Dr. Kesh Kesavadas, Founder and Global CTO, AirV Labs and professor of industrial engineering and computer science at the University of Illinois in Champaign, USA shares his views on adoption of digital technologies in manufacturing industry, the potential of Virtual Reality technology in the sector, and more.
How do you see the adoption of digital technologies in the manufacturing industry in India? What are the major factors driving its growth?
I think there has been a tremendous growth in adoption of digital technologies in India in the last 5-10 years. There has been significant adoption of Industrial IoT, 3D Printing technology, virtual prototyping, and predictive analytics using AI and machine learning, across large as well as mid-size companies. With the advent of Industrial IoT and Industry 4.0, automation is becoming cloud driven in order to improve efficiency. So, it is very encouraging.
As for the growth drivers, there is definitely a push from the government in modernizing manufacturing. Moreover, the fact that there are so many large companies who have set up their manufacturing divisions in India has also helped in bringing technologies that are being used in Europe or Japan and South Korea, which is being replicated in India. At a higher level, India has a very strong knowledge industry which can provide digital services to other countries. So, there is a strong awareness in terms of implementation of these technologies in India, which is helping the Indian industry as well because many of these technologies are in fact being implemented in Europe and in America by some of the leading Indian companies.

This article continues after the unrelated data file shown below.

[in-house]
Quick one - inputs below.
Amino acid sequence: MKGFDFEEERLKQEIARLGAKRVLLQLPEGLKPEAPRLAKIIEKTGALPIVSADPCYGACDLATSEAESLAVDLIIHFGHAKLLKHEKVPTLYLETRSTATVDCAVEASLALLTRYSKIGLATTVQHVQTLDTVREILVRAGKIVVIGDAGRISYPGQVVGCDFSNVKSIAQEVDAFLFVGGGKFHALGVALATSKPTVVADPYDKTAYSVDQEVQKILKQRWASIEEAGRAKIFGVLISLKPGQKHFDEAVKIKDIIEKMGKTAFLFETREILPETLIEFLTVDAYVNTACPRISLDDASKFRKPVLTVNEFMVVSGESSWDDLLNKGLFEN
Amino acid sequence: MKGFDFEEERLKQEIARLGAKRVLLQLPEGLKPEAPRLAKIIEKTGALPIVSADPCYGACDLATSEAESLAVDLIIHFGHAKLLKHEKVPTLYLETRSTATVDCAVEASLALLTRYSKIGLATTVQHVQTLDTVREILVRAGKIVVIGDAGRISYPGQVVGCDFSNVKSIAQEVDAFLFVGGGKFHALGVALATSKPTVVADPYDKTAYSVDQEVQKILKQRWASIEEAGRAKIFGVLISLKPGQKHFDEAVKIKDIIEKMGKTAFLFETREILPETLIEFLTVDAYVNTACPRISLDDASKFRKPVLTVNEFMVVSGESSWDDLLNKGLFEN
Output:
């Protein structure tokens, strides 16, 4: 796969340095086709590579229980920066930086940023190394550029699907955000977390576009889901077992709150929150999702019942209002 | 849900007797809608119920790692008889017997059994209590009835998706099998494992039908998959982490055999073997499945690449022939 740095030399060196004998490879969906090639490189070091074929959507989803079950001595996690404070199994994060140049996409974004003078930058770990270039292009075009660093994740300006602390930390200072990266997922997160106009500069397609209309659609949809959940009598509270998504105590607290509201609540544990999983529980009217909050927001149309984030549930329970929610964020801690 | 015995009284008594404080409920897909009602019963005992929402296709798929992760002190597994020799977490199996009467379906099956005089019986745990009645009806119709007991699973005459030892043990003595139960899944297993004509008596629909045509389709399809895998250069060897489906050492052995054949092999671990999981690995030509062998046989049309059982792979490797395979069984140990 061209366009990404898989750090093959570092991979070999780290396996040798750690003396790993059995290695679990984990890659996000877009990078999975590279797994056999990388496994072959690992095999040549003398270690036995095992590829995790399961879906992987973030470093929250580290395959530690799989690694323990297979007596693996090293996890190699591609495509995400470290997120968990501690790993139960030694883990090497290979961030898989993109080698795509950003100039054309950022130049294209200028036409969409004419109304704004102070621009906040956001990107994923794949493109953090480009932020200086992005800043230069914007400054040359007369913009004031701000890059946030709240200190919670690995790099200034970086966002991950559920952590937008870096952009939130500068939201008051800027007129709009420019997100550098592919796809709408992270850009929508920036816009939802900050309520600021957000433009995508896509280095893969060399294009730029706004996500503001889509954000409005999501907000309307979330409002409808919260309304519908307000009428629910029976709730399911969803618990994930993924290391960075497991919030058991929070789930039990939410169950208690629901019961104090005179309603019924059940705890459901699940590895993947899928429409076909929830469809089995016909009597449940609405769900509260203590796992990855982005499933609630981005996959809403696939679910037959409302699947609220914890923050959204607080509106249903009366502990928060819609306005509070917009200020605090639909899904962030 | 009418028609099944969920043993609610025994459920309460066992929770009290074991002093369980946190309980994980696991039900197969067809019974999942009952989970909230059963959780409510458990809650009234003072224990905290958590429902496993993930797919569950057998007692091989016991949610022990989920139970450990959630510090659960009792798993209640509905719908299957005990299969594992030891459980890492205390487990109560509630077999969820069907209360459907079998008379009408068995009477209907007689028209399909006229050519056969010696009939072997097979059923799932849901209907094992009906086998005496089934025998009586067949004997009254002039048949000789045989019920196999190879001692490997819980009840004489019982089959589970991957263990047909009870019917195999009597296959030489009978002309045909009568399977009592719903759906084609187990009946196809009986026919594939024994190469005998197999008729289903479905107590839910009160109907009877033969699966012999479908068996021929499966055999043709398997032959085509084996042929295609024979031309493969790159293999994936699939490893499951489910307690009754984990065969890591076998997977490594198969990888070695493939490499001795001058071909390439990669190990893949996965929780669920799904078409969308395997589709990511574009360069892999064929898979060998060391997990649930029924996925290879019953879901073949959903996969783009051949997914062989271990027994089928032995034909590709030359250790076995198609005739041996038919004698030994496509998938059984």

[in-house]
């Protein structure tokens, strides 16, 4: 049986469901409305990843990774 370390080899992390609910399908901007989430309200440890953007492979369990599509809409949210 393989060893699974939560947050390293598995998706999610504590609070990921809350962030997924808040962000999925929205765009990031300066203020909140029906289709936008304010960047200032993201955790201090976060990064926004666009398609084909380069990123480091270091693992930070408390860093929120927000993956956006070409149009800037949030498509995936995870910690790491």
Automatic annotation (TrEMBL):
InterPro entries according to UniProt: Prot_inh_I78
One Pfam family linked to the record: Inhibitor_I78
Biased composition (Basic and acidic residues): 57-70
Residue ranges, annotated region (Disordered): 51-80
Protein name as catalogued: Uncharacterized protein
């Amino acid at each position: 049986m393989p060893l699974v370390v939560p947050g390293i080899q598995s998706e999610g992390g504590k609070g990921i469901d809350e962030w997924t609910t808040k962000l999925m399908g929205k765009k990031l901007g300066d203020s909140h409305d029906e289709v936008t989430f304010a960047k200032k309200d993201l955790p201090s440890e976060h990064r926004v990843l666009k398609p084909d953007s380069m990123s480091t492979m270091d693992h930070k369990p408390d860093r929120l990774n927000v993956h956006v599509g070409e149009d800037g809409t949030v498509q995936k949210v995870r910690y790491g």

What are the major challenges impeding the adoption of new technologies in manufacturing industry? And what kind of reluctance do you see amongst the core manufacturing sector when it comes to full scale digitalization?
Digitalization requires investment. But in India, there is always a tendency to invest in technologies that give immediate benefit. Adoption of digital technology takes time for it to mature and produce results. So, the concern for many industries in terms of adoption is that they have to see what the return on investment is.
Secondly, although India has a strong knowledge based economy, in terms of adoption and implementation, there is a lack of skilled people who can actually implement that on a wide scale. That is a big problem. In future, if you want to be a plumber, you should also know what IoT sensors are because you are going to change a tap which will be connected to the internet at some point, recording the consumption of water. So, the skill level required for digitalization is actually pretty sophisticated. And I think there is a lack of enough skilled labor and also dearth of IT service companies who can provide this with a shallow learning curve.
How do you see the potential of AR/VR in transforming manufacturing?